At the peak of its popularity, the PF won 42% of the total votes cast at the country's last polls in 2011. No party has amassed an outright win in the last four national polls, and a re-run is likely. A re-run has to take place within 37 days in the event of there being no outright winner.
Lungu has only been in power for a year and half, and is seeking a full term for the PF and himself. For his opponent, Hichilema, this is largely perceived as his final shot. He is running for presidency for the fifth time – also at a time when the UPND is at its strongest.
Like with the most recent presidential elections, battleground provinces will determine the victor, and the extent to which the UPND has been able to penetrate PF strongholds, and vice versa. The PF has also split since the last 2015 presidential election, with influential figures like its former vice president Guy Scott, the country’s former defence minister Geoffrey Mwamba and the late president’s son, Mulenga Sata, all defecting to the UPND.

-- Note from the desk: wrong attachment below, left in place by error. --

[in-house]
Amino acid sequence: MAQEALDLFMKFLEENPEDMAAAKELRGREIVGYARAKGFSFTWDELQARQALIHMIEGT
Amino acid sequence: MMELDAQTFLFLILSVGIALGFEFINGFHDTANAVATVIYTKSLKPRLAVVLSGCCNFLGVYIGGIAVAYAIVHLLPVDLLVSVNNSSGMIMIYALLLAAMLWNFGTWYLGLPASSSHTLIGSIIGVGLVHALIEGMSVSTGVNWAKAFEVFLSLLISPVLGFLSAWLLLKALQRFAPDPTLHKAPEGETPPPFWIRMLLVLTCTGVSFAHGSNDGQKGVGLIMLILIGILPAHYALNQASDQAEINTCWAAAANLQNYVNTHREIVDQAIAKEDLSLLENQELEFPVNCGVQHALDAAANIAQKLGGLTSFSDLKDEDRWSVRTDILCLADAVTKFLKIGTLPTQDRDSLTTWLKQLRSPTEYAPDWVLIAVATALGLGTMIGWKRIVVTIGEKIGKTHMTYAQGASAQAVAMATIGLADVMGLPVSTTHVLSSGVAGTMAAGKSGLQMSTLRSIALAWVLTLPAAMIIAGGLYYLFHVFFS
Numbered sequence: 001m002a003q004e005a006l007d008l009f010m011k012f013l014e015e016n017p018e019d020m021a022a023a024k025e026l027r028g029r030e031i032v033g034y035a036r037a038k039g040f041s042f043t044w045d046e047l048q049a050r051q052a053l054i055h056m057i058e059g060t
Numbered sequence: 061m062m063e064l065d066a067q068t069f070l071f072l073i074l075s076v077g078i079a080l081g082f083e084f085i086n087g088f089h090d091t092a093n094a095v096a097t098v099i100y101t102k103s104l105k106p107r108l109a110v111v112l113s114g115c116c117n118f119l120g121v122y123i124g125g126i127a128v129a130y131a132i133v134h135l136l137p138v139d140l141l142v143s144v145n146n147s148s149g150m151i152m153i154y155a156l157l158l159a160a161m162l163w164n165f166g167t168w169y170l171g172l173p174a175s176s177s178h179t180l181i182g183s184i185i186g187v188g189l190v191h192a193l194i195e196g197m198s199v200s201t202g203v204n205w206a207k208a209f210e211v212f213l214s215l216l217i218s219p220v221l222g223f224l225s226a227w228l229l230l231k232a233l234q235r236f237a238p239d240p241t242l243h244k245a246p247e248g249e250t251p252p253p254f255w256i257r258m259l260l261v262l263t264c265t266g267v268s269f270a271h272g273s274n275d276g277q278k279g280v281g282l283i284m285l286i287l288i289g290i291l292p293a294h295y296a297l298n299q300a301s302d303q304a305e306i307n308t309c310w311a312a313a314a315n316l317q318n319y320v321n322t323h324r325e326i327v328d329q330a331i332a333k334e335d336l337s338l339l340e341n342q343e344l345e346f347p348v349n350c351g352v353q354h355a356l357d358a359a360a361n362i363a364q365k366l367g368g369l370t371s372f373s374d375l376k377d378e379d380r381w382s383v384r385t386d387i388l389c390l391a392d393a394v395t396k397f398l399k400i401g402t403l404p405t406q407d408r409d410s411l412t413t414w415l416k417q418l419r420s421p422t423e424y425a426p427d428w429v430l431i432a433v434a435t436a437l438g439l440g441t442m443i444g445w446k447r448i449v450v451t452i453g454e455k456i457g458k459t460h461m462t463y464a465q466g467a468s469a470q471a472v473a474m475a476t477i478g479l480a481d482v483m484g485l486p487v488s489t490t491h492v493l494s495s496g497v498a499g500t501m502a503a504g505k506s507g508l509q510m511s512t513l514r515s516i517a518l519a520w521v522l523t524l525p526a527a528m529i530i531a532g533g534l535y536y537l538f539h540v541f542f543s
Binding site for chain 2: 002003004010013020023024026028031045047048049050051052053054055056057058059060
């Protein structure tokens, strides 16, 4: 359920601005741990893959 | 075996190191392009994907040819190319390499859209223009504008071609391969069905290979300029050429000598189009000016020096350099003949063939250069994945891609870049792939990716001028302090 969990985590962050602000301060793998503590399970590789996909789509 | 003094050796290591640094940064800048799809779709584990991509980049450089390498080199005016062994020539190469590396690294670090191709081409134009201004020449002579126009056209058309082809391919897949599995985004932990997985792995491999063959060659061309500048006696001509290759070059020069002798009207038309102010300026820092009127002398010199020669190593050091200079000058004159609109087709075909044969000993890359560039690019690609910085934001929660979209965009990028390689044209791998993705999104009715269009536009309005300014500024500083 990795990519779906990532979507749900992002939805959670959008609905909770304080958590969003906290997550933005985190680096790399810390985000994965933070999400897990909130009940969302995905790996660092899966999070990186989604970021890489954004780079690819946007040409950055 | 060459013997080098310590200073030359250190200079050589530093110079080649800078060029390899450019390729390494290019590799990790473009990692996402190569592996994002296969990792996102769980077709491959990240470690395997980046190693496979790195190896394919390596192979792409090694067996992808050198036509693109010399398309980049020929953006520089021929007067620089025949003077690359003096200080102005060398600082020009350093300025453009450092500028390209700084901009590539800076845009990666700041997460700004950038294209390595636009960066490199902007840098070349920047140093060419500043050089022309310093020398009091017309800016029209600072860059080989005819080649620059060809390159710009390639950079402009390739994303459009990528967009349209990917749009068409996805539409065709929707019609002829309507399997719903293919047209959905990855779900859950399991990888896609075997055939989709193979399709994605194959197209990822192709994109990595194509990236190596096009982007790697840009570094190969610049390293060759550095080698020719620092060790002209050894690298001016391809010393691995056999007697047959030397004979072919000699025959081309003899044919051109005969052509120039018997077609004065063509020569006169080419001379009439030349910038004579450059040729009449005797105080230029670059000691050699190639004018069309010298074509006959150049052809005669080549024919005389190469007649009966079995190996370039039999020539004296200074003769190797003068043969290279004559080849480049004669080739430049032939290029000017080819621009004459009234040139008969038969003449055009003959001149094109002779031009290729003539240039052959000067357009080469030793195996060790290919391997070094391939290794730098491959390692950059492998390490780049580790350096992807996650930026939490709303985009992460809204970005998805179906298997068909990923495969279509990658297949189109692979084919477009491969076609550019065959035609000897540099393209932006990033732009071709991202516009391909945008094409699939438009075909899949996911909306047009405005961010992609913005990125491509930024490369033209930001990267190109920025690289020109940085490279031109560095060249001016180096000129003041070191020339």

Both parties have approached the election as a 'do-or-die' affair, which has also been reflected in the recent upsurge of political violence across the country. Last month, the ECZ banned campaigning for a week in some districts due to growing cases of violence.
Lungu has signalled that he might use ‘draconian means’ to ensure the country remains peaceful after the polls. The opposition has labelled the statement as aggressive in the context of managing tensions in an election, and say that any action to that effect would subvert the constitution and plunge the country into further chaos. Prospects of violence after the election and during the run-off cannot be ruled out either.
These may also have to do with how electoral disputes are managed and adjudicated; both require a great deal of objectivity and impartiality, and this will be an additional test for the ECZ and the courts.
Dimpho Motsamai, Senior Researcher, Conflict Prevention and Risk Analysis, ISS Pretoria